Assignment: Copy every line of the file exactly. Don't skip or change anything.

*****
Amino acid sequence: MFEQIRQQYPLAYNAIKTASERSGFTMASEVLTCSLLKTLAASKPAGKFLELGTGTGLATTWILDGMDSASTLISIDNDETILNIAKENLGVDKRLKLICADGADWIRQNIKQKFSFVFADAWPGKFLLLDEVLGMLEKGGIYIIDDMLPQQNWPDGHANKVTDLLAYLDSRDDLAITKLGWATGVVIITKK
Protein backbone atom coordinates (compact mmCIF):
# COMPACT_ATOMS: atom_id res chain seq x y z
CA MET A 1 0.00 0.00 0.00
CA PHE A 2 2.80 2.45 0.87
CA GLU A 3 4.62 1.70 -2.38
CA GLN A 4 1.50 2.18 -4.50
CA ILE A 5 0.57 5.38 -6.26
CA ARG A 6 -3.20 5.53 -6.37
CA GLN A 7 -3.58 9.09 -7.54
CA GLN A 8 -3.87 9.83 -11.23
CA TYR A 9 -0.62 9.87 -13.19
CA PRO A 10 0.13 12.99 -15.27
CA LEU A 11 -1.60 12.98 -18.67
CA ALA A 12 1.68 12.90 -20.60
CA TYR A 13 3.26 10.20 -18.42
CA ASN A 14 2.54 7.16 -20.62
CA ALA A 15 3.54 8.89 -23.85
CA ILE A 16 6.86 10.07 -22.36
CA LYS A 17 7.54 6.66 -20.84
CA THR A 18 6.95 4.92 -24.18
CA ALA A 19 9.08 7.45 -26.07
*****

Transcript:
Amino acid sequence: MFEQIRQQYPLAYNAIKTASERSGFTMASEVLTCSLLKTLAASKPAGKFLELGTGTGLATTWILDGMDSASTLISIDNDETILNIAKENLGVDKRLKLICADGADWIRQNIKQKFSFVFADAWPGKFLLLDEVLGMLEKGGIYIIDDMLPQQNWPDGHANKVTDLLAYLDSRDDLAITKLGWATGVVIITKK
Protein backbone atom coordinates (compact mmCIF):
# COMPACT_ATOMS: atom_id res chain seq x y z
CA MET A 1 0.00 0.00 0.00
CA PHE A 2 2.80 2.45 0.87
CA GLU A 3 4.62 1.70 -2.38
CA GLN A 4 1.50 2.18 -4.50
CA ILE A 5 0.57 5.38 -6.26
CA ARG A 6 -3.20 5.53 -6.37
CA GLN A 7 -3.58 9.09 -7.54
CA GLN A 8 -3.87 9.83 -11.23
CA TYR A 9 -0.62 9.87 -13.19
CA PRO A 10 0.13 12.99 -15.27
CA LEU A 11 -1.60 12.98 -18.67
CA ALA A 12 1.68 12.90 -20.60
CA TYR A 13 3.26 10.20 -18.42
CA ASN A 14 2.54 7.16 -20.62
CA ALA A 15 3.54 8.89 -23.85
CA ILE A 16 6.86 10.07 -22.36
CA LYS A 17 7.54 6.66 -20.84
CA THR A 18 6.95 4.92 -24.18
CA ALA A 19 9.08 7.45 -26.07